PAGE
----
Seminar focusses on essential skills for 21st century students

22 Oct 2015

A seminar organised by the library at Xi’an Jiaotong-Liverpool University focussed on the essential skills for students in the 21st century.

The event, which was held in the XJTLU Museum, was led by Dr Stella Cottrell, Pro-Vice-Chancellor for Learning, Teaching and Student Engagement at the University of East London.

Dr Cottrell is a world-famous expert in the field of learning skills and critical thinking. During the seminar, she spoke about how to improve students’ learning skills and develop their critical thinking.

She pointed out that learning abilities in the 21st century are essentially different from those in the 20th century.

“In the last century, taking notes, reading, collecting materials and writing papers were the significant learning abilities” she said. “However, in this century, students’ academic achievement is more affected by their abilities in problem-solving, research skills, leadership, psychological resilience and cultural sensitivity.”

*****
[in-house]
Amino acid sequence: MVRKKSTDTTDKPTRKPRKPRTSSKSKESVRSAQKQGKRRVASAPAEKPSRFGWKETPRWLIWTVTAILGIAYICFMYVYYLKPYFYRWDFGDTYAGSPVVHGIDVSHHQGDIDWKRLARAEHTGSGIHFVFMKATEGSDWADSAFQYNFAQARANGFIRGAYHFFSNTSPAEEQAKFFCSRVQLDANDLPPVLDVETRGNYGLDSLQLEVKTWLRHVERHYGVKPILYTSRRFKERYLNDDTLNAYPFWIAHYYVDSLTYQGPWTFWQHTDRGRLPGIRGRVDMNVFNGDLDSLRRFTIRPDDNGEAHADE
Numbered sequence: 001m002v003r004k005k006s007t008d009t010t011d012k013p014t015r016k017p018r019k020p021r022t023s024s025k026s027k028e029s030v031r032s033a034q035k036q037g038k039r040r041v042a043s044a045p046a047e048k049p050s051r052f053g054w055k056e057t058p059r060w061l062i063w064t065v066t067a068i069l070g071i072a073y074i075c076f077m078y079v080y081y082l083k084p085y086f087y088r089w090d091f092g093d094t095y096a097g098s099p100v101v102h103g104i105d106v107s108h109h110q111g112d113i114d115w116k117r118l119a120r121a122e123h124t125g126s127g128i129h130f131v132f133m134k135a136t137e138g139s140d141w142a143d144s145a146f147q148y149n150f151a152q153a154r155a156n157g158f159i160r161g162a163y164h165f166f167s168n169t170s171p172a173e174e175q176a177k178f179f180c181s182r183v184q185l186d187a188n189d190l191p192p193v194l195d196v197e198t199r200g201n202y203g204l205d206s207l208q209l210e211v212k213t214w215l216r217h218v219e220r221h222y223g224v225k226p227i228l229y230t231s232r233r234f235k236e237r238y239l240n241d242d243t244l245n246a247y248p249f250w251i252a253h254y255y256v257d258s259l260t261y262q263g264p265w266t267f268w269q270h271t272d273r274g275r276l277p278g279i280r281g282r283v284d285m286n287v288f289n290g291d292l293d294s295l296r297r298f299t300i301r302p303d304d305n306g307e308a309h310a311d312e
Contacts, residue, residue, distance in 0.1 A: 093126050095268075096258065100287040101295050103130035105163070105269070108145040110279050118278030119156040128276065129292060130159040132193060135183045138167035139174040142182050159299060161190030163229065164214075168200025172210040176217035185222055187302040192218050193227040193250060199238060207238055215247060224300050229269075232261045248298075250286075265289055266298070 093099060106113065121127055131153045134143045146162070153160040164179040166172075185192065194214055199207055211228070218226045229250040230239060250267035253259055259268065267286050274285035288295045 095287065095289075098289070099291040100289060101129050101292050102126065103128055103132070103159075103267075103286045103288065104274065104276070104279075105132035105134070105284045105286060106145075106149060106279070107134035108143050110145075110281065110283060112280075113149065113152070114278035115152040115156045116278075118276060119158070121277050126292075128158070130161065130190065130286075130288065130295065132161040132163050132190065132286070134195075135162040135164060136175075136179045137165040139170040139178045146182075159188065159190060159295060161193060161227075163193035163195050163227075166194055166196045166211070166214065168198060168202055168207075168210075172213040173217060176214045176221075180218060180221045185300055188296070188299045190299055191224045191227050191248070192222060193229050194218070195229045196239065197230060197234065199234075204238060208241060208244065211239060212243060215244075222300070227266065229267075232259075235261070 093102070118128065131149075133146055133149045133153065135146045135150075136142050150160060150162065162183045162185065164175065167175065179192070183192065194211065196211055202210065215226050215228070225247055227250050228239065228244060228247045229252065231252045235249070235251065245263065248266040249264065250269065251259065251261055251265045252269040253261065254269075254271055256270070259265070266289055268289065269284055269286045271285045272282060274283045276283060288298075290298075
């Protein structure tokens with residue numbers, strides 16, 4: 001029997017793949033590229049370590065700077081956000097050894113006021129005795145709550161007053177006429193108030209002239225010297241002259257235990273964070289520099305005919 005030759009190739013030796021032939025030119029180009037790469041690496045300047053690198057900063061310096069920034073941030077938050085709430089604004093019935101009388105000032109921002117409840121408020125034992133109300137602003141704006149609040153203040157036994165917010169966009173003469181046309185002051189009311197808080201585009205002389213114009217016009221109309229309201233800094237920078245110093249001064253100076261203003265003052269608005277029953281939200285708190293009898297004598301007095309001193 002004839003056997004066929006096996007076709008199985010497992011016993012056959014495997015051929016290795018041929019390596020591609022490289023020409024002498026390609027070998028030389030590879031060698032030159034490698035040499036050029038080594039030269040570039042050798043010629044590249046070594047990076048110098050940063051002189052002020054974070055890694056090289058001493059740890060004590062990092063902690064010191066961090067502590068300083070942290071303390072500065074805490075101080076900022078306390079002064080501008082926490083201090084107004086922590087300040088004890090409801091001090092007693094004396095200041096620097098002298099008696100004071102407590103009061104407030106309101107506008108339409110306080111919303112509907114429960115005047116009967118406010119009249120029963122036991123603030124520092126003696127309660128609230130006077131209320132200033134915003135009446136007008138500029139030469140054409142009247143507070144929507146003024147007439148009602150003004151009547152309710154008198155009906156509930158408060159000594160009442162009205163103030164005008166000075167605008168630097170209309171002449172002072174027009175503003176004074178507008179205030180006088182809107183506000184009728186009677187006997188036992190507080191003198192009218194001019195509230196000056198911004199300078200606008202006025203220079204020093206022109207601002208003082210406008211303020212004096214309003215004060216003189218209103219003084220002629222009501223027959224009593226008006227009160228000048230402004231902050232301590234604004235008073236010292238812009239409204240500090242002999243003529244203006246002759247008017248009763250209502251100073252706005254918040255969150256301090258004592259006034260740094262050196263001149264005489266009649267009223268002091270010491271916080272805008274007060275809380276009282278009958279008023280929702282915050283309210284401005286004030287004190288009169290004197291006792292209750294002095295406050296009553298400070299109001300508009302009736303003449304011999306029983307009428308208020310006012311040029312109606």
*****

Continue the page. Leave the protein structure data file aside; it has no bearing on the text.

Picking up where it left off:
XJTLU academic staff and Centre for Academic Affairs staff were all in attendance at the seminar, while chief librarian Xin Bi hosted the event.

He spoke about the library’s latest initiatives for improving its services, saying they will focus on service, management, accumulation, research and teaching, embodied in the acronym ‘SMART’.

Additionally, the ‘SURE’ abilities of searching, utilisation of library facilities, research and evaluation will be emphasised for both students and researchers in these current times of networked information.

“The Library will not only continue to innovate but also will do research on learning skills and research skills,” he said, adding that he hoped the library will continue to be invaluable to XJTLU students.

During her visit to XJTLU Dr Cottrell also met with Executive President Professor Youmin Xi, and discussed the goals, development, and management of the University. Dr Stella said she was impressed by what XJTLU had achieved in its short history.

22 Oct 2015